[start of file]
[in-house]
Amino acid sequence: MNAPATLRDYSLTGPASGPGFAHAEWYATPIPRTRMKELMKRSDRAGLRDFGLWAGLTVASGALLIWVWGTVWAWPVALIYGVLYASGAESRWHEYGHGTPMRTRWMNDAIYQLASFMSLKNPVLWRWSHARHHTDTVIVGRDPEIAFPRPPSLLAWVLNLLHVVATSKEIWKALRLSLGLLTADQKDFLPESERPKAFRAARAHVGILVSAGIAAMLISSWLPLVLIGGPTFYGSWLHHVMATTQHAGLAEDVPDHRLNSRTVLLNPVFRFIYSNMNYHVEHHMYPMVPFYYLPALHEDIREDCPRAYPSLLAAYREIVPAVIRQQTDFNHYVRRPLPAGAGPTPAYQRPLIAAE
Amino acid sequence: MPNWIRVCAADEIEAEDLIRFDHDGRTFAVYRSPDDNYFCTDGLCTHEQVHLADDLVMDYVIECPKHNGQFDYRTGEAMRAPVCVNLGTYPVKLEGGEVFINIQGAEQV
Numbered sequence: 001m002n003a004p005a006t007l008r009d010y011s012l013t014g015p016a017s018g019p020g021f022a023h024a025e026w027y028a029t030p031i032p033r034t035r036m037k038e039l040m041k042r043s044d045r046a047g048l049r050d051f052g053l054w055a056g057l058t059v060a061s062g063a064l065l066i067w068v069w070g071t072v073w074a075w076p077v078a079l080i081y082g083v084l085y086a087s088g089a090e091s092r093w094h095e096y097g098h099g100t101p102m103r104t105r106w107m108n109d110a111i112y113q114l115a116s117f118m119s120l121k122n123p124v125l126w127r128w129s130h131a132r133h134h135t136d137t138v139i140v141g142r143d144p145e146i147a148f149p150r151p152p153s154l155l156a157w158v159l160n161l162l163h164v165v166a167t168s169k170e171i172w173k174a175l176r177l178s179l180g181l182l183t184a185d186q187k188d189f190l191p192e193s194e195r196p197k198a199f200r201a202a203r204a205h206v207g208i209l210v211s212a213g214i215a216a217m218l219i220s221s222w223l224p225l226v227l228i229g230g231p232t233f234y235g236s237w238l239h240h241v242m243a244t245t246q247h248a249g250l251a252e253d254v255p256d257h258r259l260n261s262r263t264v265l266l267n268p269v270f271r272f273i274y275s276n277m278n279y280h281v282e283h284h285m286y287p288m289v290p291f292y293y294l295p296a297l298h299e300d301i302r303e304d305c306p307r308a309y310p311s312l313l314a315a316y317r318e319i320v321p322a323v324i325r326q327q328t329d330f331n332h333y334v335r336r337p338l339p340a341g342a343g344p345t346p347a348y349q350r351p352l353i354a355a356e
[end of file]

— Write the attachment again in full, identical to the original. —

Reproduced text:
[in-house]
Amino acid sequence: MNAPATLRDYSLTGPASGPGFAHAEWYATPIPRTRMKELMKRSDRAGLRDFGLWAGLTVASGALLIWVWGTVWAWPVALIYGVLYASGAESRWHEYGHGTPMRTRWMNDAIYQLASFMSLKNPVLWRWSHARHHTDTVIVGRDPEIAFPRPPSLLAWVLNLLHVVATSKEIWKALRLSLGLLTADQKDFLPESERPKAFRAARAHVGILVSAGIAAMLISSWLPLVLIGGPTFYGSWLHHVMATTQHAGLAEDVPDHRLNSRTVLLNPVFRFIYSNMNYHVEHHMYPMVPFYYLPALHEDIREDCPRAYPSLLAAYREIVPAVIRQQTDFNHYVRRPLPAGAGPTPAYQRPLIAAE
Amino acid sequence: MPNWIRVCAADEIEAEDLIRFDHDGRTFAVYRSPDDNYFCTDGLCTHEQVHLADDLVMDYVIECPKHNGQFDYRTGEAMRAPVCVNLGTYPVKLEGGEVFINIQGAEQV
Numbered sequence: 001m002n003a004p005a006t007l008r009d010y011s012l013t014g015p016a017s018g019p020g021f022a023h024a025e026w027y028a029t030p031i032p033r034t035r036m037k038e039l040m041k042r043s044d045r046a047g048l049r050d051f052g053l054w055a056g057l058t059v060a061s062g063a064l065l066i067w068v069w070g071t072v073w074a075w076p077v078a079l080i081y082g083v084l085y086a087s088g089a090e091s092r093w094h095e096y097g098h099g100t101p102m103r104t105r106w107m108n109d110a111i112y113q114l115a116s117f118m119s120l121k122n123p124v125l126w127r128w129s130h131a132r133h134h135t136d137t138v139i140v141g142r143d144p145e146i147a148f149p150r151p152p153s154l155l156a157w158v159l160n161l162l163h164v165v166a167t168s169k170e171i172w173k174a175l176r177l178s179l180g181l182l183t184a185d186q187k188d189f190l191p192e193s194e195r196p197k198a199f200r201a202a203r204a205h206v207g208i209l210v211s212a213g214i215a216a217m218l219i220s221s222w223l224p225l226v227l228i229g230g231p232t233f234y235g236s237w238l239h240h241v242m243a244t245t246q247h248a249g250l251a252e253d254v255p256d257h258r259l260n261s262r263t264v265l266l267n268p269v270f271r272f273i274y275s276n277m278n279y280h281v282e283h284h285m286y287p288m289v290p291f292y293y294l295p296a297l298h299e300d301i302r303e304d305c306p307r308a309y310p311s312l313l314a315a316y317r318e319i320v321p322a323v324i325r326q327q328t329d330f331n332h333y334v335r336r337p338l339p340a341g342a343g344p345t346p347a348y349q350r351p352l353i354a355a356e